Reflecting telescope signed ‘Gorg Adams’
Second part- eighteenth century Gregorian type reflecting telescope with detachable eyepiece and secondary mirror, signed ‘Gorg Adams’.
A Gregorian reflecting telescope is a type of telescope that uses mirrors to gather and focus light, allowing astronomers to observe distant objects in the sky. It is named after its inventor, James Gregory, and it consists of two main mirrors: a primary concave mirror and a secondary convex mirror. It has a detachable compound eyepiece and comes with a spare one, there is also a spare secondary mirror. Focusing by a rod attached to the barrel. The telescope is attached on a single stem stand with three folding legs.
Small brass Gregorian telescopes were popularised by the famous maker James Short from about 1740 to his death in 1768. Short sold his telescopes to those who could afford his high prices. This telescope though by a different maker is of a similar design to a typical one by Short including the simple azimuth mounting. This mounting adapts well to terrestrial use, but not so well to any attempt to use the telescope for serious astronomical research.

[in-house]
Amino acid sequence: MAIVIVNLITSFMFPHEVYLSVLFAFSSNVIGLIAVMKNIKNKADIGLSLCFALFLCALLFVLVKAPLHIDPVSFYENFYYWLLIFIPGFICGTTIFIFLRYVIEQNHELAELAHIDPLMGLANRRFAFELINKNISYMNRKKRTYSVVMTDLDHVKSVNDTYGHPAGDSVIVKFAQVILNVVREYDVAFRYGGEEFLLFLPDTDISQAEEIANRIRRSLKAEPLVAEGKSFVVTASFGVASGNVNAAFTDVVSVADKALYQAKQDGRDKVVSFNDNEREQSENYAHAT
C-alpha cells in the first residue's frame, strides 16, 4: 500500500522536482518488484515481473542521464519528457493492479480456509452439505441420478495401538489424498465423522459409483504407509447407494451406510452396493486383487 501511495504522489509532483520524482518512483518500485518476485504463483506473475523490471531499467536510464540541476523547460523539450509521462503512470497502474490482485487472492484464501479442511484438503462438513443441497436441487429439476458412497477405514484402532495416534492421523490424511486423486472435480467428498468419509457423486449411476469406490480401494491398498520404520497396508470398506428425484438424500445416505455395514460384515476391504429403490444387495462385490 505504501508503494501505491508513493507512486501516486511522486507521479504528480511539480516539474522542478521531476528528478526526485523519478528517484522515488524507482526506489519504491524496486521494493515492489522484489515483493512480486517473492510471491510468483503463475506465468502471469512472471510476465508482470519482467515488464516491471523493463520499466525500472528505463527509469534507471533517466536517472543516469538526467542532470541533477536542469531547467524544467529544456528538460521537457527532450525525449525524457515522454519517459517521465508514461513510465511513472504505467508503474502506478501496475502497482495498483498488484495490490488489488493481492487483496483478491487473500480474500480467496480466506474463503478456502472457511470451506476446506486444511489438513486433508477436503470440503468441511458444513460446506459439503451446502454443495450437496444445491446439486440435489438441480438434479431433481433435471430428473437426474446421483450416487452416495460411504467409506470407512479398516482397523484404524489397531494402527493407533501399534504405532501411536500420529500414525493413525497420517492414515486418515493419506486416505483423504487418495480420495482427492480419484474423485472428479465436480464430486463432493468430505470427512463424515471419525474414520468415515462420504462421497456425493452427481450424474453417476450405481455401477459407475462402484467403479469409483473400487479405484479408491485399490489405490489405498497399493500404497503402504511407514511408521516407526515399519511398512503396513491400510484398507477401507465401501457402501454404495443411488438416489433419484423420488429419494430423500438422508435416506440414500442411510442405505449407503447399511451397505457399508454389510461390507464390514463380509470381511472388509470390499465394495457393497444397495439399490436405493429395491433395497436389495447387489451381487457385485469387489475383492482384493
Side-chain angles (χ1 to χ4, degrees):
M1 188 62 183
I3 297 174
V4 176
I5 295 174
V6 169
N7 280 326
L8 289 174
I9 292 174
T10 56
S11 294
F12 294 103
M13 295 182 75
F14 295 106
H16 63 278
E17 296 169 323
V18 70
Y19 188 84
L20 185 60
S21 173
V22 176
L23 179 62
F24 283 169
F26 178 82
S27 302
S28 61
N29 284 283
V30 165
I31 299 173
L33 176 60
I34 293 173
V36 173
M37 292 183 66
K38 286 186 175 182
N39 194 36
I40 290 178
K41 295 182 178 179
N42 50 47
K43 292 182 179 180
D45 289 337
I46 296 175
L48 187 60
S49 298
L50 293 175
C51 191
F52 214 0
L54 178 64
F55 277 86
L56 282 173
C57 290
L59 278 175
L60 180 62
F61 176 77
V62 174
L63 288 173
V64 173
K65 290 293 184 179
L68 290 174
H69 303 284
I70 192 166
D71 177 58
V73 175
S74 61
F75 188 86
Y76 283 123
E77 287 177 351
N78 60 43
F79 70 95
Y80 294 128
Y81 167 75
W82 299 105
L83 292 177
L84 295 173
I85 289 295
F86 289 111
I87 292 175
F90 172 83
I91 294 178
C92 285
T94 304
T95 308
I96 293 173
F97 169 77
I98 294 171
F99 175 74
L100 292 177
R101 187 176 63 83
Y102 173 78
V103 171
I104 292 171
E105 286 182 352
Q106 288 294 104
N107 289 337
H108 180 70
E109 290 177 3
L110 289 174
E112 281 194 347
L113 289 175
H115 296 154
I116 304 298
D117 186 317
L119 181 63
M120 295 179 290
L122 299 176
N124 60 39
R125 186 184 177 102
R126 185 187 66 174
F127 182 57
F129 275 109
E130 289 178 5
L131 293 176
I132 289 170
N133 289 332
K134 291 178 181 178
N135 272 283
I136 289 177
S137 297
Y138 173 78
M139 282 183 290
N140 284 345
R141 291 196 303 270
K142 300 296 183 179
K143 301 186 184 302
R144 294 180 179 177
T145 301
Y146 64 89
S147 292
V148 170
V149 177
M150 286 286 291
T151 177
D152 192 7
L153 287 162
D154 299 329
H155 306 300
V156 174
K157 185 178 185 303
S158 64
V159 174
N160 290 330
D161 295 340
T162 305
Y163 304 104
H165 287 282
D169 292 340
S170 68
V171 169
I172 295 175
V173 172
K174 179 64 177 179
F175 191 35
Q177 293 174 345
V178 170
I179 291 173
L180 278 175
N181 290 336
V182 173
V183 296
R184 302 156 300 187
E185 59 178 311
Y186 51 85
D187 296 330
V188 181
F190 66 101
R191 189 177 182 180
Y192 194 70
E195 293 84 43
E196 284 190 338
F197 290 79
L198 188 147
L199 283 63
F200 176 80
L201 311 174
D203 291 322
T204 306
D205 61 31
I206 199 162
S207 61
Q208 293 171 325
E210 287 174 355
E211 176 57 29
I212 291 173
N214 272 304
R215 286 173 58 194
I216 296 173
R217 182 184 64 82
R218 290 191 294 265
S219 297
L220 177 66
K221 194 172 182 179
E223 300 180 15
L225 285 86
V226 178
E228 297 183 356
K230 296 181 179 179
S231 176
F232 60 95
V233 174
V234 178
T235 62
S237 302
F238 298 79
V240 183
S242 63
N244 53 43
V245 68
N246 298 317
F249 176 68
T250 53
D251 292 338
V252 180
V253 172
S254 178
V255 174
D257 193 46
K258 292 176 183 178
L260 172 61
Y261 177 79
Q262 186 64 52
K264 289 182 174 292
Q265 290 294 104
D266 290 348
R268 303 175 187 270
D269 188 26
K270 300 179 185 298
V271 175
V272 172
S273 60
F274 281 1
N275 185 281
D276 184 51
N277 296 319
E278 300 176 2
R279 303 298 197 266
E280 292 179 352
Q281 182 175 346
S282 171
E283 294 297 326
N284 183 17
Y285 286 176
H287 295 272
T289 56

The length of the barrel is 65,5 cm (25,8 in) and the diameter is 11 cm (4,3 in) which makes this an unusually big model. Measurements of the wooden box are 25,5 x 71,5 x 17,5 cm.